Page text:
A Veterans Affairs office set up specifically to help whistleblowers “floundered in its mission” and “created an office culture that was sometimes alienating to those it was meant to protect,” according to a new report from the department’s inspector general.

Administration officials, however, criticized the report as a one-sided look at the Office of Accountability and Whistleblower Protection, saying investigators failed to note significant changes from past VA administrations in responding to whistleblower complaints and improvements with the office over the last two years.

But the report is likely to again raise questions about how seriously VA officials investigate reports of misconduct and malfeasance, particularly among senior executives.

The issue has been a persistent point of criticism since the 2014 wait times scandal that forced the resignation of then VA Secretary Eric Shinseki, and was a key campaign promise of President Donald Trump in 2016.

Investigators say the new office — established in April 2017 by executive order and later mandated by the VA Accountability Act passed by Congress — has misinterpreted its own role and rules, “accepting matters that it should not have and declining matters the Act requires it to investigate.”

The report says staff:

  • dropped cases of fraud and abuse if the individual reporting them didn’t meet the statutory definition of a whistleblower
  • investigated criminal matters that should have been handled by other offices
  • did not provide sufficient training to staff
  • failed to “consistently conduct investigations that were procedurally sound, accurate, thorough, and unbiased.”

The report also accuses OAWP staff of failing to protect whistleblowers from retaliation by senior managers, one of the key focuses of the new office. It also refused to investigate any cases unless whistleblowers revealed their identity, discouraging employees who feared reporting wrongdoing could cost them their jobs.

“One troubling instance involved the OAWP initiating an investigation that could itself be considered retaliatory,” the report states.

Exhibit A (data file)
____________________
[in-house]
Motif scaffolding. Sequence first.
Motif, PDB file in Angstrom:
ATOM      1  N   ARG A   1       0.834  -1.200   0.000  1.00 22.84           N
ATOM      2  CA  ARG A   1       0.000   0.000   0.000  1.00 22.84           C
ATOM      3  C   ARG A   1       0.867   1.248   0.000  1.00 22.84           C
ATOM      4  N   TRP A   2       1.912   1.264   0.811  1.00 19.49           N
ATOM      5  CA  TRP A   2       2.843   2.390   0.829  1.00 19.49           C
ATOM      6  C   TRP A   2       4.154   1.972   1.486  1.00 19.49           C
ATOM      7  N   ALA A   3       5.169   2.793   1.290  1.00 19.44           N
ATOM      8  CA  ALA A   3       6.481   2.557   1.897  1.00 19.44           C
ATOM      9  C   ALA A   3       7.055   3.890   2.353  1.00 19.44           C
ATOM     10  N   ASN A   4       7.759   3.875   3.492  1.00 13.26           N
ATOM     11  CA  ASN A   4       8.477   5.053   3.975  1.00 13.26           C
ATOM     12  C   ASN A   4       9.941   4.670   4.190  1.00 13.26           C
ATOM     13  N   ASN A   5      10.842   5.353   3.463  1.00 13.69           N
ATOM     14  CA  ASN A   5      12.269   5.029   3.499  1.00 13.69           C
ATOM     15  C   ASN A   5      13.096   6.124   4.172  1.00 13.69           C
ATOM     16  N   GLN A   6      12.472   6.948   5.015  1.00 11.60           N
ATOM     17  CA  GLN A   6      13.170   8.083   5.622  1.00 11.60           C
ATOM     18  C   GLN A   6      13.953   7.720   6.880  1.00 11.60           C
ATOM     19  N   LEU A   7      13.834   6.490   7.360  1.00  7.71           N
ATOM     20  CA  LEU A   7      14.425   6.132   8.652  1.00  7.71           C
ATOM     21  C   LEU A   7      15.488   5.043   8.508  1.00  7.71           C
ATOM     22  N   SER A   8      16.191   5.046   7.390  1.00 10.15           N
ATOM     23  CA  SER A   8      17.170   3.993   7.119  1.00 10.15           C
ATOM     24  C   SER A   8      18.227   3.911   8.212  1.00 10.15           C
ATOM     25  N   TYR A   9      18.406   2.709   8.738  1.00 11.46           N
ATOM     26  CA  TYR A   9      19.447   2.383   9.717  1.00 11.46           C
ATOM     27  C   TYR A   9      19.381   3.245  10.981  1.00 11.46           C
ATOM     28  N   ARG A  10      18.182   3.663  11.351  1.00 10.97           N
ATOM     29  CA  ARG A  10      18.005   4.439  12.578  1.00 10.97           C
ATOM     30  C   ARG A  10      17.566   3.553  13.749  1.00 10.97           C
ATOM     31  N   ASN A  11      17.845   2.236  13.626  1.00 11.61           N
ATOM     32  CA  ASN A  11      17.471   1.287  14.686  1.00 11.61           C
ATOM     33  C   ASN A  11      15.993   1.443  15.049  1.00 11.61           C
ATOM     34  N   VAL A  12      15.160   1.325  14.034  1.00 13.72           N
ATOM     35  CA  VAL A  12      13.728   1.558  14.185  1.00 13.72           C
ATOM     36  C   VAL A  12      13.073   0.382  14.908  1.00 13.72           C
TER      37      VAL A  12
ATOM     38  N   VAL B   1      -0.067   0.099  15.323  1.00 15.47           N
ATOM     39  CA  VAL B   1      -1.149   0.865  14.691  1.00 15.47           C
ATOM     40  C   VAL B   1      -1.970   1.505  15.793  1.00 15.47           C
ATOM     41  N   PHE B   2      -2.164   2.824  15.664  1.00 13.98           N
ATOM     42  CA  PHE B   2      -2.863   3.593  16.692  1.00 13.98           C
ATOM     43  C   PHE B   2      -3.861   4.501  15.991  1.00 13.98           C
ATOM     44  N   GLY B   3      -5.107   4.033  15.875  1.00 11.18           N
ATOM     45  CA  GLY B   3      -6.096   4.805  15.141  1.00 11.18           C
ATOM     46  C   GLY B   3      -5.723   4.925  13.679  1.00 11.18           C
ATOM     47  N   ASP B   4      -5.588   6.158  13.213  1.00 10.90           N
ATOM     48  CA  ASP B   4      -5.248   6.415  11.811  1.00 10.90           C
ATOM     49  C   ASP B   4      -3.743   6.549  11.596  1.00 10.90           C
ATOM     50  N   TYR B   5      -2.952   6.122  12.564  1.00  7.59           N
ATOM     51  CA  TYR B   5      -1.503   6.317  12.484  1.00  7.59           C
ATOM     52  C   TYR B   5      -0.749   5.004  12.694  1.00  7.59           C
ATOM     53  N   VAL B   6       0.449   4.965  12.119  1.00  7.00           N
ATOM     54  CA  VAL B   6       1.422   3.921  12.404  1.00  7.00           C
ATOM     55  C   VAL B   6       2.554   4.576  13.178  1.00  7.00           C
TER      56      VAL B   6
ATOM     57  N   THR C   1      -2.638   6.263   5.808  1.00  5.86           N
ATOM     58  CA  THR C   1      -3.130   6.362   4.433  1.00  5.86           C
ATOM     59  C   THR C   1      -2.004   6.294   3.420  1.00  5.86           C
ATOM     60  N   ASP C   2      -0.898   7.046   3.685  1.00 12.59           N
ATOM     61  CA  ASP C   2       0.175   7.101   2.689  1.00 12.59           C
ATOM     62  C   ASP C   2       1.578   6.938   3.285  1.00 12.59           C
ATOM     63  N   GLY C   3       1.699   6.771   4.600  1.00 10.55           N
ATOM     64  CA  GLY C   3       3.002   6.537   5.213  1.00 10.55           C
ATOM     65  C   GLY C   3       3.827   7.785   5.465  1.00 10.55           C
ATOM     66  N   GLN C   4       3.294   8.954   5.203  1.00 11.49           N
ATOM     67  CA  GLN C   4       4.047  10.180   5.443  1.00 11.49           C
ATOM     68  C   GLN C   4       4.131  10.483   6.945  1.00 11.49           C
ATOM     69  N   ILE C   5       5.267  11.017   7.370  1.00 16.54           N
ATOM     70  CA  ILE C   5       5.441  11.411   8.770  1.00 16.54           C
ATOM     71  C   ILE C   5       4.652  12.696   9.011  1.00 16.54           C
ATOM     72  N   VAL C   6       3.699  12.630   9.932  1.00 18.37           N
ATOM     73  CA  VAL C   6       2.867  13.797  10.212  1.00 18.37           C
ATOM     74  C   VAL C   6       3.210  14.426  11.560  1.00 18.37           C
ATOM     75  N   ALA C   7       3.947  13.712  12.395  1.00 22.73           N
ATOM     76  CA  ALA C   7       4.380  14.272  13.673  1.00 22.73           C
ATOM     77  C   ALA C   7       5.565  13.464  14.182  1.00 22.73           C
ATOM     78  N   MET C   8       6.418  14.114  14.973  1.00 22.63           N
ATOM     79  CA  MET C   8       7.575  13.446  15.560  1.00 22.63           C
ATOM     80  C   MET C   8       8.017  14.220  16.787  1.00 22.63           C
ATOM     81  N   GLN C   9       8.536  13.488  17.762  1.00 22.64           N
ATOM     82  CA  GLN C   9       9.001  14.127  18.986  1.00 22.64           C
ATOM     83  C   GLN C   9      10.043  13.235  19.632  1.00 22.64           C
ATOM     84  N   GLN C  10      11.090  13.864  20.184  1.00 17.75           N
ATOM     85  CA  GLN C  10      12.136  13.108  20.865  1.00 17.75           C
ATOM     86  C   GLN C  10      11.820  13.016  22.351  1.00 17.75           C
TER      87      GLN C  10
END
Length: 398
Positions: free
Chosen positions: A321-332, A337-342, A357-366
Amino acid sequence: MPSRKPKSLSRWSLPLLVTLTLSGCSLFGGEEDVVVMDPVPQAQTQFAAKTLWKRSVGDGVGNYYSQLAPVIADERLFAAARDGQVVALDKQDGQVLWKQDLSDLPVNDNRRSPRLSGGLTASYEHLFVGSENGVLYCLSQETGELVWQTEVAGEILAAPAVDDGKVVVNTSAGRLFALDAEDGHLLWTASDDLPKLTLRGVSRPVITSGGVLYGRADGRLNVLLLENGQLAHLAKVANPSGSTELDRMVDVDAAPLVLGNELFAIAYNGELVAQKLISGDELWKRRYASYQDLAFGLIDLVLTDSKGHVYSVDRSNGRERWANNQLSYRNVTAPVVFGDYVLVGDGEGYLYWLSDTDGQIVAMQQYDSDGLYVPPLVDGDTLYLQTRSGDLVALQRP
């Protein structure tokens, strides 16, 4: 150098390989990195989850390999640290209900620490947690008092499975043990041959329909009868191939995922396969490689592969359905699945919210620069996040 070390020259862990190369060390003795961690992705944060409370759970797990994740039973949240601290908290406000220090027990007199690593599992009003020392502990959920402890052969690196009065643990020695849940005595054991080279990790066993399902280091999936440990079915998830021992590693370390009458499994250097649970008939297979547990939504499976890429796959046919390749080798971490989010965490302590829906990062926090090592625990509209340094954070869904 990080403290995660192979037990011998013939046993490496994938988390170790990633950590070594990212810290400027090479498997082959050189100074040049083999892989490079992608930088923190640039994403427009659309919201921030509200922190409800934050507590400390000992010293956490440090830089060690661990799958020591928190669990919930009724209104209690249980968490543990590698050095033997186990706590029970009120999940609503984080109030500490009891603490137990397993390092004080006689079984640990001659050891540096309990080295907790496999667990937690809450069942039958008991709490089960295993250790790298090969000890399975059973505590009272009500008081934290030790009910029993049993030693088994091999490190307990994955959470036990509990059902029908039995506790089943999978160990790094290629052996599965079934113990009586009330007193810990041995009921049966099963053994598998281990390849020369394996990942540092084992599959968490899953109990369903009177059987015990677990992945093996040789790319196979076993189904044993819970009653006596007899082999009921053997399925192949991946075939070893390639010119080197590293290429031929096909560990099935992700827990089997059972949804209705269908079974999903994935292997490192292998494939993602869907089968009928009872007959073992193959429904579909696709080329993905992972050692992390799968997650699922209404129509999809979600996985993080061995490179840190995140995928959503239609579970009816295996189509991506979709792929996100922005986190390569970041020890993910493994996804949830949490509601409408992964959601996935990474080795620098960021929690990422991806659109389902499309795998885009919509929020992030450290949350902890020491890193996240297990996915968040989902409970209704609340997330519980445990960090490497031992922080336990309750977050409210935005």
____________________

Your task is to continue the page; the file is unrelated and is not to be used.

“At the request of a senior leader who had social ties to the OAWP Executive Director, the OAWP investigated a whistleblower who had a complaint pending against the senior leader. After a truncated investigation" the OAWP substantiated the allegations against the whistleblower without even talking to that individual, according to the report.

Whistleblower advocates in recent months have complained to Congress about operations at the office, saying that it lacks a clear mandate and too often complicates investigations into complaints instead of simplifying them.

VA officials have pushed back on those accusations. They note that under new firing authorities approved by lawmakers, VA has dismissed more than 8,630 people in the last 30 months.

And they lay a lot of blame for problems with the Obama administration.

“VA’s institutional approach to accountability is completely different than that of past administrations, and the VA Accountability and Whistleblower Protection Act of 2017 has been a key factor in that culture change,” Christina Mandreucci, a VA spokeswoman, said in an email to Military Times.

The VA in particular takes issue with two aspects of the report, said Mandreucci.

“The first is its implication that the act was designed to target senior executives for discipline,” she said. “In reality, the act included expanded disciplinary authorities that apply to all VA employees and it is 2014’s Veteran Access, Choice and Accountability Act that aimed to better hold senior leaders accountable. This is a key distinction the report misses.”

Leadership continues to improve OAWP operations, "including ensuring that investigations are conducted in a timely and thorough manner; improving customer service; developing whistleblower rights and protections training; ensuring that OAWP complies with its statutory functions … and identifying trends to proactively identify areas of improvement based on data collected,” the department said in a statement.

The report contains 22 recommendations for improvements, all of which VA backed. Several, like providing new training to staffers and establishing new investigation procedures, are expected to be completed before the end of the year. A review of office operations is ongoing.

The full report is available at the inspector general’s web site. The House Veterans’ Affairs Committee has scheduled a hearing on Oct. 29 to discuss the report findings.